• Question: Just a Note that Huawei also has a Dex equivalent and it seems to work better than Samsung’s. Please don’t ignore that
    • Answer: Very cool! It looks like it called EMUI Desktop on their HUAWEI Mate 10
  • Question: I am trying to use Drag and Drop to re-sequence TListView items and cannot find any relevant examples. (only things moving panels etc). how would I go about this?
    • Answer: I’ve not tried, but I’ve seen it done. I would treat the ListView items as individual items like panels and then drag those. On drop just look at where it as in the list and change the index.
  • Question: LivePreview are available somehow for Delphi CE?
  • Answer: Yes, just build it and install it. You can find the source here 
    • C:\Program Files (x86)\Embarcadero\Studio\20.0\source\Tools\FireUIAppPreview\
    • and more information on using it DocWiki
  • Question: Are there examples of how to make accepting permissions and explain why needed?
    • Answer: In the DocWiki and I covered it in the webinar.
  • Question: Receiving “Can’t open socket: Permission denied. Exiting” message when trying to debug an Android app. Running Android 8.0. This has been a problem since 10.2.
    • Answer: I just tested this with Rio and a Note 9 running Oreo 8.1 and it worked fine. There was a bug in Android 8.0 that impacted all debuggers. You can find more information on Marco’s blog post.
  • Question: Why does Delphi take so long, literally 5+ minutes, to recognize an Android device connected, via USB, to my laptop? Windows recognizes the device immediately and I’m able to browse the device within Windows file explorer. Clicking the refresh devices button has no effect. Is there a way to speed up this device recognition process?
    • Answer: Odd. I’ve not seen that. If you run ADB DEVICES from the command line does it recognize it? If not then that would be an issue with the Android Debug Bridge (ADB) so could be related to your device or the ADB USB driver. The single physical device has multiple devices that Windows recognizes. One is the MTP device for transferring files, the other is the ADB device for debugging. So just because windows recognizes the MTP device doesn’t mean it has recognized the ADB device yet. What device is it?
  • Question: Re: Delay recognizing device: Device is a Samsung Galaxy S8+. Also tried an HTC One M7 with the same result.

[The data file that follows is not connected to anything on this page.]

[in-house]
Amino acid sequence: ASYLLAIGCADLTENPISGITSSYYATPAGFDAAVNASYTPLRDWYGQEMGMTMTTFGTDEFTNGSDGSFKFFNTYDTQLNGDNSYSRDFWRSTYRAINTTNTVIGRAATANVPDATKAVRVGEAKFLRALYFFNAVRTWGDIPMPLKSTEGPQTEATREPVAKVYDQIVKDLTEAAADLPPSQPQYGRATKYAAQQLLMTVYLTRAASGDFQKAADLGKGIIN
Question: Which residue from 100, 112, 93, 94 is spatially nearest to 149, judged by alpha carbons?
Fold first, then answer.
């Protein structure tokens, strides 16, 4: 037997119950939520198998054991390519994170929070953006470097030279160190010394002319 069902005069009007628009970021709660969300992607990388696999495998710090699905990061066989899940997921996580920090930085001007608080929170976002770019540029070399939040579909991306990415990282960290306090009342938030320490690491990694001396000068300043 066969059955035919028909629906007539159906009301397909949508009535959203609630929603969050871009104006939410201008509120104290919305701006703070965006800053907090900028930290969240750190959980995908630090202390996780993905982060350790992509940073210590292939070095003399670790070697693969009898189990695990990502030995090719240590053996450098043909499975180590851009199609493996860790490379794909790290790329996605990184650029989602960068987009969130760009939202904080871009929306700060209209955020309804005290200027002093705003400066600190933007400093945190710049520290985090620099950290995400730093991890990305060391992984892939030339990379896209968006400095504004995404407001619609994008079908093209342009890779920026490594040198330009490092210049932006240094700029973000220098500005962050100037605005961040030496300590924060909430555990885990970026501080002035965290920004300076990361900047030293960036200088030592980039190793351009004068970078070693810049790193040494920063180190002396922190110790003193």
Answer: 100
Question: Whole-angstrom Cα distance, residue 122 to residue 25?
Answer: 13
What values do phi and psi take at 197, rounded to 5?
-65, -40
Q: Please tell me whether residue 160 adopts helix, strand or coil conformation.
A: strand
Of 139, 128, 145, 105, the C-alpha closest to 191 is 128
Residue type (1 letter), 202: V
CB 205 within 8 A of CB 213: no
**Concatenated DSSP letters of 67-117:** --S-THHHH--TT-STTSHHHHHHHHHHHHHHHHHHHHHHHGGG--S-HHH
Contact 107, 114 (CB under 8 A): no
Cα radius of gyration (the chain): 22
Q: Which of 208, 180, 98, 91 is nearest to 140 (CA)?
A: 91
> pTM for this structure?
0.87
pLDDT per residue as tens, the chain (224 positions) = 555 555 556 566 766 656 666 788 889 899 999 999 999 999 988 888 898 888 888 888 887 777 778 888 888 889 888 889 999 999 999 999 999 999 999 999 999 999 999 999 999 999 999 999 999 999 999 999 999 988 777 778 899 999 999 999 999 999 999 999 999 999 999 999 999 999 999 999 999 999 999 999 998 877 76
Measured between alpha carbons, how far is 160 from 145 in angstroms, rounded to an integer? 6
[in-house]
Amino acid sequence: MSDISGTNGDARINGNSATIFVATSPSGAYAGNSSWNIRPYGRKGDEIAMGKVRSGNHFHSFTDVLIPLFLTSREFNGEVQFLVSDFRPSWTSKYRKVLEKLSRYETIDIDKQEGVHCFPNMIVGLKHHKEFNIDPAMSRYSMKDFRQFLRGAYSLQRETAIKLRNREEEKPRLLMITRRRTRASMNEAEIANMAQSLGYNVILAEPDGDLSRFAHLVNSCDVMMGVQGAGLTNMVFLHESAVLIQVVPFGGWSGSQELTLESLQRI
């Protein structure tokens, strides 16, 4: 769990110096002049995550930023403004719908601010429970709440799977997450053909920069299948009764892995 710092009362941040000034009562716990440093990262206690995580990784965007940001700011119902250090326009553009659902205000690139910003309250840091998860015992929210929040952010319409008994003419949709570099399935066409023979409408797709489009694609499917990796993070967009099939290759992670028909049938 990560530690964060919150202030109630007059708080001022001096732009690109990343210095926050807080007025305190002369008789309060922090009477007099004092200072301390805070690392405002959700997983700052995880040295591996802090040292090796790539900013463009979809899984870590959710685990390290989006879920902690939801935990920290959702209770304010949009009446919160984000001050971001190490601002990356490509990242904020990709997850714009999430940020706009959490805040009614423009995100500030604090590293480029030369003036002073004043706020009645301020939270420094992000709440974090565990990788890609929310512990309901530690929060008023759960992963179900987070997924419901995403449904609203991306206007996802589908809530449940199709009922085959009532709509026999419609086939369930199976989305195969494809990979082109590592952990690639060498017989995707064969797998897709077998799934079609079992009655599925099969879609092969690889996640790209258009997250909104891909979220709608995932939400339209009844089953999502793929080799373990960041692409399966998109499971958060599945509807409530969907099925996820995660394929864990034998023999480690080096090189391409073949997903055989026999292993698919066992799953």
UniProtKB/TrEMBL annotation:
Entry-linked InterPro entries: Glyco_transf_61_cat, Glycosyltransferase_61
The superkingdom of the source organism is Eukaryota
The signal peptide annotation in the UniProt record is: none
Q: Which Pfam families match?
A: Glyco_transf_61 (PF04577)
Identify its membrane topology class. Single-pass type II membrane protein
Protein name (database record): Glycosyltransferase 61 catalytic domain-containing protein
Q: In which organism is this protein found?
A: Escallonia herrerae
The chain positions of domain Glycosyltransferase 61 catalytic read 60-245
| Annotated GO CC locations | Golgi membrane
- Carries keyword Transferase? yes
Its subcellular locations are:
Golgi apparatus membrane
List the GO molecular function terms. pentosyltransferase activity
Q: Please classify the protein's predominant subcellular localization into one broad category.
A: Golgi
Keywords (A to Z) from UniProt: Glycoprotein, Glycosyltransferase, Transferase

• Answer: Did you try ADB DEVICES from the command line? It could be a Windows issue.
  • Question: Re: Open Socket error: Android version 8.0. Device Samsung Galaxy S8+. Running Delphi Rio 10.3 So there’s no workaround? Given the current route that Android updates arrive at devices: Google -> Manufacturer -> Telcom -> Device means that I’m stuck with no debugging for potentially years … already been ~6 months? Debugging is the reason I’ve invested in Delphi.
    • Answer: That was a bug in 8.0 Oreo that was fixed in Android 8.1 – it wasn’t specific to Delphi. Unfortunately, we don’t have any control over the Android OS or what Samsung installs on their devices. Wish we did. 
  • Question: What’s the best way to end an Android app?
    • Answer: Best practice on Android is that you don’t close your app, but let the OS manage that. If you need to though, then just call Close on your main form like you would on another platform. You could also try Application.Terminate and Halt.
  • Question: Just want to say that this has been an excellent seminar. Thank you for putting it on.
    • Answer: My pleasure. Glad it is of value.
  • Question: what are the sound capabilities in RAD Studio for Android?
    • Answer: You can do quite a bit. Anything that Android supports (which is a lot). There is a media player component that comes with FireMonkey. Take a look at the 4 sample games in GetIt. They have music and sound effects if I recall correctly. The great thing about using FireMonkey is you can get the productivity of all the FireMonkey components, libraries, etc. and then when you need to you can reach down and access the Android APIs just like developers who don’t use FireMonkey.
  • Question: Wouldn’t it nice to have a component for permissions?
    • Answer: The PermisionService makes it really easy, but a component could be useful too I suppose.
  • Question: Where are we with 64 bit for Android? 
    • Answer: R&D is working on it and it is on the Roadmap for later 2019.
  • Question: Give them the coming end of GCM, any plans for built-in FCM components?
    • Answer: Good question. I’ll need to look into that. I know there are some free 3rd party libraries that do that.
  • Question: Hello. where find more info about splash screen? It not clear how to control it.
  • Question: I can’t find LivePreview App on Google Play Store? Does it still exist?
    • Answer: Not currently, but the source ships with the IDE and you can build it and install it yourself. You can find the source here 
    • C:\Program Files (x86)\Embarcadero\Studio\20.0\source\Tools\FireUIAppPreview
    • and more information on using it in the DocWiki
  • Question: is possible to active and android Delphi generated app on both and remain on background sending GPS updates? any sample?
    • Answer: No samples, but I believe people have done it. You would need to be concerned about the battery though. You might need to go directly to the Android GPS API. I would suggest researching Android services on the Android developer site. There are a lot of rules about them.
  • Question: Hello, I’m wondering why for demos all presenters use a mac? Is better have Delphi on a Mac laptop?